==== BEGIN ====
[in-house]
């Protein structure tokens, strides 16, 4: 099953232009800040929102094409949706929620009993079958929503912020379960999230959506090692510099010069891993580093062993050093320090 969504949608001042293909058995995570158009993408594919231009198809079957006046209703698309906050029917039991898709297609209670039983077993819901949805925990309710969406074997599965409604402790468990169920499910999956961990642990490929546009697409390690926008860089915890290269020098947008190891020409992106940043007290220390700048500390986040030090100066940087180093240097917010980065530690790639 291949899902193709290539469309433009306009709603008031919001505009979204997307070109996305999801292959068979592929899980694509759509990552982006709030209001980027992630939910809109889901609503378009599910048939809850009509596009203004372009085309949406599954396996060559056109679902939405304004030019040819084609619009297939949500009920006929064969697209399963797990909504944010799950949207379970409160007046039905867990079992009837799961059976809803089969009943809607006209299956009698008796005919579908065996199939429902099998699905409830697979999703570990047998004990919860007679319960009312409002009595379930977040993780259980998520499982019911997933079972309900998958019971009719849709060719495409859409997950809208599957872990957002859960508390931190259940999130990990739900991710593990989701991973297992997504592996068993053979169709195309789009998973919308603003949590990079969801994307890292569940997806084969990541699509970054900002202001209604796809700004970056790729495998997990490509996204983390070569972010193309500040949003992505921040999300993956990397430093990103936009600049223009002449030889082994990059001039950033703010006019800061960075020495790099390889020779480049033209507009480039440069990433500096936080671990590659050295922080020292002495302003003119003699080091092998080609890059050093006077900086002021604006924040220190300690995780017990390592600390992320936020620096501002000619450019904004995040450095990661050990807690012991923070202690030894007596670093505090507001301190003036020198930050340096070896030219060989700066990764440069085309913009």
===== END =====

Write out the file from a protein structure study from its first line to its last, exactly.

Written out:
[in-house]
């Protein structure tokens, strides 16, 4: 099953232009800040929102094409949706929620009993079958929503912020379960999230959506090692510099010069891993580093062993050093320090 969504949608001042293909058995995570158009993408594919231009198809079957006046209703698309906050029917039991898709297609209670039983077993819901949805925990309710969406074997599965409604402790468990169920499910999956961990642990490929546009697409390690926008860089915890290269020098947008190891020409992106940043007290220390700048500390986040030090100066940087180093240097917010980065530690790639 291949899902193709290539469309433009306009709603008031919001505009979204997307070109996305999801292959068979592929899980694509759509990552982006709030209001980027992630939910809109889901609503378009599910048939809850009509596009203004372009085309949406599954396996060559056109679902939405304004030019040819084609619009297939949500009920006929064969697209399963797990909504944010799950949207379970409160007046039905867990079992009837799961059976809803089969009943809607006209299956009698008796005919579908065996199939429902099998699905409830697979999703570990047998004990919860007679319960009312409002009595379930977040993780259980998520499982019911997933079972309900998958019971009719849709060719495409859409997950809208599957872990957002859960508390931190259940999130990990739900991710593990989701991973297992997504592996068993053979169709195309789009998973919308603003949590990079969801994307890292569940997806084969990541699509970054900002202001209604796809700004970056790729495998997990490509996204983390070569972010193309500040949003992505921040999300993956990397430093990103936009600049223009002449030889082994990059001039950033703010006019800061960075020495790099390889020779480049033209507009480039440069990433500096936080671990590659050295922080020292002495302003003119003699080091092998080609890059050093006077900086002021604006924040220190300690995780017990390592600390992320936020620096501002000619450019904004995040450095990661050990807690012991923070202690030894007596670093505090507001301190003036020198930050340096070896030219060989700066990764440069085309913009």